San Jose, Union City sue state over laws that kill redevelopment agencies

July 19, 2011

By Tracy Seipel, Mercury News

San Jose, Union City and other supporters of the state’s 398 active redevelopment agencies filed a lawsuit Monday against the state asking the California Supreme Court to overturn two recently enacted laws that eliminate or take money away from the agencies.

They contend the laws, signed by Gov. Jerry Brown last month as part of the state budget, are unconstitutional because they violate Prop. 22, passed by voters last fall prevent the state from raiding local tax coffers, including redevelopment agencies.

The lawsuit, which was filed directly in the state’s highest court in order to expedite a ruling, also asks the court to issue a stay by Aug. 15 to prevent the legislation from going into effect until the court can rule on the merits of the claims.

The suit was also filed on behalf of the California Redevelopment Association, which represents the state’s active redevelopment agencies, and the League of California Cities. The cities of Brentwood, Oakland, Modesto, West Sacramento, and Guadalupe also filed declarations in support of the lawsuit.

“California voters overwhelmingly passed Proposition 22 just eight months ago to stop state raids, shifts and diversions of local redevelopment funds,” said Chris McKenzie, executive director of the League of California Cities, in a statement.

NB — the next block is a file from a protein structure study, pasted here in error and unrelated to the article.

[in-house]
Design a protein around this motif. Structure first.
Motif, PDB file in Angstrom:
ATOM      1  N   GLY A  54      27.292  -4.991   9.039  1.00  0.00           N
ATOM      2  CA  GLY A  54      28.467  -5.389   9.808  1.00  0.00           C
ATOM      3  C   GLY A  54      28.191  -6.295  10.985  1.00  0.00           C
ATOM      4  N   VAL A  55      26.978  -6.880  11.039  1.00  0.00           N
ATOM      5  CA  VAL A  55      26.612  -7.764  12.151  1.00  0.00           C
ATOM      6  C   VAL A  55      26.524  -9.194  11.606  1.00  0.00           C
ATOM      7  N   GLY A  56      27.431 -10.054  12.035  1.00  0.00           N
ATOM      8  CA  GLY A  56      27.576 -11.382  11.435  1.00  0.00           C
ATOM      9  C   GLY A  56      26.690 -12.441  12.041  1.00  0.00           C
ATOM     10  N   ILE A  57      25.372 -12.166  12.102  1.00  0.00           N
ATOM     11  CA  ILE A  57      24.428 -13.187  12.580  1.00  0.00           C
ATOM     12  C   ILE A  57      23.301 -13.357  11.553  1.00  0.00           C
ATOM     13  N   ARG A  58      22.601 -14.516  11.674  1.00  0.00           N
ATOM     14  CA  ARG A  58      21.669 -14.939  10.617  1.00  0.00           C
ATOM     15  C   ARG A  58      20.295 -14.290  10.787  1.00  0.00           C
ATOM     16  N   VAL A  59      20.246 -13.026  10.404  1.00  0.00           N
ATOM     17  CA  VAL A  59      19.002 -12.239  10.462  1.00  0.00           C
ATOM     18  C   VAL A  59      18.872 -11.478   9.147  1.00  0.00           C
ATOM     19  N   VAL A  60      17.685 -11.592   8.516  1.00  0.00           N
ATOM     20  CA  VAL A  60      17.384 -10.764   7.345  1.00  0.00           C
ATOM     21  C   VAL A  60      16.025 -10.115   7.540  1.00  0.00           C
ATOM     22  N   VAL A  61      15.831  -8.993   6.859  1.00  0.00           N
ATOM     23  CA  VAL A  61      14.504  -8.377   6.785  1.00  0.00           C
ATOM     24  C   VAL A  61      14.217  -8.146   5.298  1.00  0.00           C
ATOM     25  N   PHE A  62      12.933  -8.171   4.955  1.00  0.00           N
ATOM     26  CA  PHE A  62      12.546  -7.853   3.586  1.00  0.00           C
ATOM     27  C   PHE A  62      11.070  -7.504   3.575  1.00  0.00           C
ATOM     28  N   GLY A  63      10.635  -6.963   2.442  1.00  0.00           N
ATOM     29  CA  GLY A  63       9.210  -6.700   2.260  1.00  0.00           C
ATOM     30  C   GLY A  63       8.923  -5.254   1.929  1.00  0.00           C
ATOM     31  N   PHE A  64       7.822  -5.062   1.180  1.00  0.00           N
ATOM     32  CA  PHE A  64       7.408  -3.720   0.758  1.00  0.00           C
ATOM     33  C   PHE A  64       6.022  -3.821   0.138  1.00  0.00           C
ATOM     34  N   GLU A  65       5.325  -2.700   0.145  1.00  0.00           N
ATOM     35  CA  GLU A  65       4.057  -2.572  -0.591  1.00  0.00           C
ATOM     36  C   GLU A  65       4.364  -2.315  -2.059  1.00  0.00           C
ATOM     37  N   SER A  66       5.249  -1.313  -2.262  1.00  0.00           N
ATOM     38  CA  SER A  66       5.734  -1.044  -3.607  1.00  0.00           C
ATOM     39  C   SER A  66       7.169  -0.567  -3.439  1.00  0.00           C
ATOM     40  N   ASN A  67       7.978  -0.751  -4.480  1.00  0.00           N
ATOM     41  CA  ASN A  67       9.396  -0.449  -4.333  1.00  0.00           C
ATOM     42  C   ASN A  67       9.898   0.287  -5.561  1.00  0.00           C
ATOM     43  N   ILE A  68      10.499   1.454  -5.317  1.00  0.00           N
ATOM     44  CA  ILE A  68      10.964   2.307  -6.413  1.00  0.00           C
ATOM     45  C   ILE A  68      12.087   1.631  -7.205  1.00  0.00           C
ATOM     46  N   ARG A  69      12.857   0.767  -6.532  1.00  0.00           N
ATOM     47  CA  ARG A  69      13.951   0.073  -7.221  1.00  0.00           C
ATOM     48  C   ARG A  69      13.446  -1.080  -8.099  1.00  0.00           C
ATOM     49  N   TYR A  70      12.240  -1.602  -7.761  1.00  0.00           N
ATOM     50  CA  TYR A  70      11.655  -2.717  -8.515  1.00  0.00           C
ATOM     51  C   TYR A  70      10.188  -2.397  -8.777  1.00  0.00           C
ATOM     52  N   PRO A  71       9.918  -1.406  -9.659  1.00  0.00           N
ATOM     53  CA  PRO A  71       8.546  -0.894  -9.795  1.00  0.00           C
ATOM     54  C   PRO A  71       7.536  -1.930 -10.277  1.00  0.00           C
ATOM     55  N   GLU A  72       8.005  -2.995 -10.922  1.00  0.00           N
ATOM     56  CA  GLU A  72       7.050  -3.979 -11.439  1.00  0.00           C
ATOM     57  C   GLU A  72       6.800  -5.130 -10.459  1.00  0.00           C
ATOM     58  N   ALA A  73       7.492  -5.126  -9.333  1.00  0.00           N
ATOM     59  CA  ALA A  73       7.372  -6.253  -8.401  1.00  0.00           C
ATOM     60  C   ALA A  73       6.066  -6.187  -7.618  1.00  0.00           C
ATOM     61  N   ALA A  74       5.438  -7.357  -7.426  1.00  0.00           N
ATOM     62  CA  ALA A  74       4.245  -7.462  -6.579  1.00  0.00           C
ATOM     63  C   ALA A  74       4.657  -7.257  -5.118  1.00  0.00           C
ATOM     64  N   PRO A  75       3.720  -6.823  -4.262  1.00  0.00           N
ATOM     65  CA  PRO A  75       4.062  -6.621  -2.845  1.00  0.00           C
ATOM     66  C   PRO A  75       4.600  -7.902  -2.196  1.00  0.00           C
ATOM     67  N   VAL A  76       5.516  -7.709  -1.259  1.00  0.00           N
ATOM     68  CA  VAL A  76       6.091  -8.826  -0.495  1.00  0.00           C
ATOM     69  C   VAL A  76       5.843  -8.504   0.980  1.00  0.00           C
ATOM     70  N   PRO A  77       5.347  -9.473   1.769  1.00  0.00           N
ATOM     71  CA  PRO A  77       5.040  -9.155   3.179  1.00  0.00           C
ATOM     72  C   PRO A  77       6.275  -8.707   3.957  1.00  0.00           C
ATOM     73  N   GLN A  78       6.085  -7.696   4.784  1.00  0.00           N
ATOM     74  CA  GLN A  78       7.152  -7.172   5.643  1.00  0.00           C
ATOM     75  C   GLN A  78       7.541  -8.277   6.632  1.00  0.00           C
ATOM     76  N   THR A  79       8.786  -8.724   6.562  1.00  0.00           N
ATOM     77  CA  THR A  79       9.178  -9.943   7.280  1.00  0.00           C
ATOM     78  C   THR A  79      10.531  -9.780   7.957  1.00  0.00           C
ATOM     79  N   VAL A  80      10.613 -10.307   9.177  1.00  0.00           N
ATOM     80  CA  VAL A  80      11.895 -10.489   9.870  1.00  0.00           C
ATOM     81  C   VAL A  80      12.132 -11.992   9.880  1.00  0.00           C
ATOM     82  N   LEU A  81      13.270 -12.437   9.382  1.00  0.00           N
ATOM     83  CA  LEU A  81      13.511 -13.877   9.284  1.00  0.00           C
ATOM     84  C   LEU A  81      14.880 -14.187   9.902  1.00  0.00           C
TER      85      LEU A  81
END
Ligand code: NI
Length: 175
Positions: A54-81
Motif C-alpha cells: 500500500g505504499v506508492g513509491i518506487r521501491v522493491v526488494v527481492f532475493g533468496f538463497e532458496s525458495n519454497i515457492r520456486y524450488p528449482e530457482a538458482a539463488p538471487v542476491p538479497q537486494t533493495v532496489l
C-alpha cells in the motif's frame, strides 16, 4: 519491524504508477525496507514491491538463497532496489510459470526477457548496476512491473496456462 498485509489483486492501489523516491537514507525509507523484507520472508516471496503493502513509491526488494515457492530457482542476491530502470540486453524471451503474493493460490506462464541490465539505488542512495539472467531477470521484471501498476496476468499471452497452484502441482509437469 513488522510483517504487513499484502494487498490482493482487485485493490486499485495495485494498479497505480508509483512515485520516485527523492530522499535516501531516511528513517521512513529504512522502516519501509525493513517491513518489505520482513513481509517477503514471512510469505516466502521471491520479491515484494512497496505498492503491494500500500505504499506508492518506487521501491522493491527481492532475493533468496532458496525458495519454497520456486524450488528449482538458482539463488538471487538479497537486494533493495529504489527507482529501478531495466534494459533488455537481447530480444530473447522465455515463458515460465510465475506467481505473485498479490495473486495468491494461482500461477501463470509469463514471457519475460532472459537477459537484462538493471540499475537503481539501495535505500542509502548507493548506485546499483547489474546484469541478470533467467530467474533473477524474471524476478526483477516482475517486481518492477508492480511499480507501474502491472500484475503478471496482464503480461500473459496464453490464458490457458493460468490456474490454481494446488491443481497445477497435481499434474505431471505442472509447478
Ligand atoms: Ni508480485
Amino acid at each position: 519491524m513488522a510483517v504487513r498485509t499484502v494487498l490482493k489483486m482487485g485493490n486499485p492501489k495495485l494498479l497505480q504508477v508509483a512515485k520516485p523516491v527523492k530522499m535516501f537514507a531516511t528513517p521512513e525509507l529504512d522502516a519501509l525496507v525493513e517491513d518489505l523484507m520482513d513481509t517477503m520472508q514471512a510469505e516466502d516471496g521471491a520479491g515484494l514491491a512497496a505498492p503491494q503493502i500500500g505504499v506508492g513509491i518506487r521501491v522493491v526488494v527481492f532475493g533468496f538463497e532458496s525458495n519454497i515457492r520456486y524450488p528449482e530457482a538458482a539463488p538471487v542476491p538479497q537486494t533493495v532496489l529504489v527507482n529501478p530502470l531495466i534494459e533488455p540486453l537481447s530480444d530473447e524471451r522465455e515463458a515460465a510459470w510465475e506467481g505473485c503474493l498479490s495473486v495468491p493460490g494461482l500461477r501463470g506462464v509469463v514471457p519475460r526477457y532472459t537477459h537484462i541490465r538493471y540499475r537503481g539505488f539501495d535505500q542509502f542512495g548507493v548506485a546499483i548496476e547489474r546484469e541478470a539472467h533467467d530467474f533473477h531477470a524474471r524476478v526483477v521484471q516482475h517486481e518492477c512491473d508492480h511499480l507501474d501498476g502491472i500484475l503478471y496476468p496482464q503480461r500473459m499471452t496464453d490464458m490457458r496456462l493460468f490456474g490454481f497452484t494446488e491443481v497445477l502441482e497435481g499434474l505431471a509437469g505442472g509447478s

“The governor and legislature have blatantly ignored the voters and violated the state constitution. We must now go to the Supreme Court to uphold the voters’ will and the constitution by overturning this unconstitutional legislation. We are confident the courts will uphold the will of the voters.”


In its declaration, San Jose said that, unless overturned, the two laws would kill hundreds of millions of dollars’ worth of vital redevelopment projects. They include the Strong Neighborhoods Initiative, a project to revitalize 20 of the city’s most disadvantaged and struggling residential neighborhoods; a flood control project needed to protect industrial properties; and several interchange widening projects near Highway 101.

Union City, meanwhile, said the elimination of its agency will kill its “Station District Plan” to create a transit-oriented development near BART and multiple rail lines, with planned housing, office, commercial development and pedestrian and roadway connections on formerly contaminated industrial land.

The project has been in the planning and implementation process for several decades, and the agency has already invested tens of millions of dollars in it.

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